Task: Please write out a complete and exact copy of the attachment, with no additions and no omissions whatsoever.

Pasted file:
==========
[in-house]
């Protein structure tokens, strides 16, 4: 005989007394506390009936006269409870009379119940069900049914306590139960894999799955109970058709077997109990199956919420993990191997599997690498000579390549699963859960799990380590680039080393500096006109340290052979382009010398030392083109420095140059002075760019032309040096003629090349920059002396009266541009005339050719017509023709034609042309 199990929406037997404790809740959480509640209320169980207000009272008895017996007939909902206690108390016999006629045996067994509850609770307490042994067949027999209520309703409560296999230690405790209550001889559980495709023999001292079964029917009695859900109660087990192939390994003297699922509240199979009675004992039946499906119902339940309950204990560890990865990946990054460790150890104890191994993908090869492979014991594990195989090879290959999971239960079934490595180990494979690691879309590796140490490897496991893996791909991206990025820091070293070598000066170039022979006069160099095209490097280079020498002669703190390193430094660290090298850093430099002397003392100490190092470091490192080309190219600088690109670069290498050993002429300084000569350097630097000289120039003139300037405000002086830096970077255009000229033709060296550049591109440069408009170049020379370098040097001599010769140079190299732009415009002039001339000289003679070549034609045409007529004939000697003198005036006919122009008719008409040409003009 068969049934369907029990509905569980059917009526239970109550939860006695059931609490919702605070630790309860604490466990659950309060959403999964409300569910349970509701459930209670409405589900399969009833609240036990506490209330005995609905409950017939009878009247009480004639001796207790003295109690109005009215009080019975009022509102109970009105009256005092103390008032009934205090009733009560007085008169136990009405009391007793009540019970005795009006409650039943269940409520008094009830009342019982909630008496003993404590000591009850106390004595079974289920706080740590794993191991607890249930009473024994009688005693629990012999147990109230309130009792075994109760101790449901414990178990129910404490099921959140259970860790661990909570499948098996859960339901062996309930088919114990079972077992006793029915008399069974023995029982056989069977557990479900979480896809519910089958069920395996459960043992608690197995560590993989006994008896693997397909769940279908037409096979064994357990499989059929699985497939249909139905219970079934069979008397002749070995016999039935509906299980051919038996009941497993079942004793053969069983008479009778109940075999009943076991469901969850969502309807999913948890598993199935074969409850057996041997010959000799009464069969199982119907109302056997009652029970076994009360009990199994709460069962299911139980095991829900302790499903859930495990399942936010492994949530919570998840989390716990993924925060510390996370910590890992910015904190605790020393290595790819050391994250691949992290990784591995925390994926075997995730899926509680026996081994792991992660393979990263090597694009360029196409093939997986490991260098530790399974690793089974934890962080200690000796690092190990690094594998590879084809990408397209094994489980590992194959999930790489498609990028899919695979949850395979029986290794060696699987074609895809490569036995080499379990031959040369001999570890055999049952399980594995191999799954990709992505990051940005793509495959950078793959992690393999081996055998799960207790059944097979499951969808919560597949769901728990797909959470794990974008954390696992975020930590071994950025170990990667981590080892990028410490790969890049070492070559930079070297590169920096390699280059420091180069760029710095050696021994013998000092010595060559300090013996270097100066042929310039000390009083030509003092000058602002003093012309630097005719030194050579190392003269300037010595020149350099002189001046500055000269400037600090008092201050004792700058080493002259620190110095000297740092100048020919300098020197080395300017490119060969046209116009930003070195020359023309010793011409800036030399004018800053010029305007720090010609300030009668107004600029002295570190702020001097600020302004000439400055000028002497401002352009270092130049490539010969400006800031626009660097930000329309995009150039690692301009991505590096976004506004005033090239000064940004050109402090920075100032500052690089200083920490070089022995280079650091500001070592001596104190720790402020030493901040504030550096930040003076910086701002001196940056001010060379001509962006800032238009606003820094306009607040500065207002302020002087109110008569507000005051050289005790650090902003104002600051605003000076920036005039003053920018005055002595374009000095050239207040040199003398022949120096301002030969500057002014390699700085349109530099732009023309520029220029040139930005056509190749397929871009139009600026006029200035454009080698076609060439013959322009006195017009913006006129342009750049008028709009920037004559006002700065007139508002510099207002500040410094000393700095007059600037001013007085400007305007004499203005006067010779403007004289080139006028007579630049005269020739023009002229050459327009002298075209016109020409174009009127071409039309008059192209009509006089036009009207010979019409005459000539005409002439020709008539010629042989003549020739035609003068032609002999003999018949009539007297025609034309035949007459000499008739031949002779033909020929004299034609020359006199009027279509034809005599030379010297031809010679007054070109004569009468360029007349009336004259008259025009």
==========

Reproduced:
[in-house]
């Protein structure tokens, strides 16, 4: 005989007394506390009936006269409870009379119940069900049914306590139960894999799955109970058709077997109990199956919420993990191997599997690498000579390549699963859960799990380590680039080393500096006109340290052979382009010398030392083109420095140059002075760019032309040096003629090349920059002396009266541009005339050719017509023709034609042309 199990929406037997404790809740959480509640209320169980207000009272008895017996007939909902206690108390016999006629045996067994509850609770307490042994067949027999209520309703409560296999230690405790209550001889559980495709023999001292079964029917009695859900109660087990192939390994003297699922509240199979009675004992039946499906119902339940309950204990560890990865990946990054460790150890104890191994993908090869492979014991594990195989090879290959999971239960079934490595180990494979690691879309590796140490490897496991893996791909991206990025820091070293070598000066170039022979006069160099095209490097280079020498002669703190390193430094660290090298850093430099002397003392100490190092470091490192080309190219600088690109670069290498050993002429300084000569350097630097000289120039003139300037405000002086830096970077255009000229033709060296550049591109440069408009170049020379370098040097001599010769140079190299732009415009002039001339000289003679070549034609045409007529004939000697003198005036006919122009008719008409040409003009 068969049934369907029990509905569980059917009526239970109550939860006695059931609490919702605070630790309860604490466990659950309060959403999964409300569910349970509701459930209670409405589900399969009833609240036990506490209330005995609905409950017939009878009247009480004639001796207790003295109690109005009215009080019975009022509102109970009105009256005092103390008032009934205090009733009560007085008169136990009405009391007793009540019970005795009006409650039943269940409520008094009830009342019982909630008496003993404590000591009850106390004595079974289920706080740590794993191991607890249930009473024994009688005693629990012999147990109230309130009792075994109760101790449901414990178990129910404490099921959140259970860790661990909570499948098996859960339901062996309930088919114990079972077992006793029915008399069974023995029982056989069977557990479900979480896809519910089958069920395996459960043992608690197995560590993989006994008896693997397909769940279908037409096979064994357990499989059929699985497939249909139905219970079934069979008397002749070995016999039935509906299980051919038996009941497993079942004793053969069983008479009778109940075999009943076991469901969850969502309807999913948890598993199935074969409850057996041997010959000799009464069969199982119907109302056997009652029970076994009360009990199994709460069962299911139980095991829900302790499903859930495990399942936010492994949530919570998840989390716990993924925060510390996370910590890992910015904190605790020393290595790819050391994250691949992290990784591995925390994926075997995730899926509680026996081994792991992660393979990263090597694009360029196409093939997986490991260098530790399974690793089974934890962080200690000796690092190990690094594998590879084809990408397209094994489980590992194959999930790489498609990028899919695979949850395979029986290794060696699987074609895809490569036995080499379990031959040369001999570890055999049952399980594995191999799954990709992505990051940005793509495959950078793959992690393999081996055998799960207790059944097979499951969808919560597949769901728990797909959470794990974008954390696992975020930590071994950025170990990667981590080892990028410490790969890049070492070559930079070297590169920096390699280059420091180069760029710095050696021994013998000092010595060559300090013996270097100066042929310039000390009083030509003092000058602002003093012309630097005719030194050579190392003269300037010595020149350099002189001046500055000269400037600090008092201050004792700058080493002259620190110095000297740092100048020919300098020197080395300017490119060969046209116009930003070195020359023309010793011409800036030399004018800053010029305007720090010609300030009668107004600029002295570190702020001097600020302004000439400055000028002497401002352009270092130049490539010969400006800031626009660097930000329309995009150039690692301009991505590096976004506004005033090239000064940004050109402090920075100032500052690089200083920490070089022995280079650091500001070592001596104190720790402020030493901040504030550096930040003076910086701002001196940056001010060379001509962006800032238009606003820094306009607040500065207002302020002087109110008569507000005051050289005790650090902003104002600051605003000076920036005039003053920018005055002595374009000095050239207040040199003398022949120096301002030969500057002014390699700085349109530099732009023309520029220029040139930005056509190749397929871009139009600026006029200035454009080698076609060439013959322009006195017009913006006129342009750049008028709009920037004559006002700065007139508002510099207002500040410094000393700095007059600037001013007085400007305007004499203005006067010779403007004289080139006028007579630049005269020739023009002229050459327009002298075209016109020409174009009127071409039309008059192209009509006089036009009207010979019409005459000539005409002439020709008539010629042989003549020739035609003068032609002999003999018949009539007297025609034309035949007459000499008739031949002779033909020929004299034609020359006199009027279509034809005599030379010297031809010679007054070109004569009468360029007349009336004259008259025009």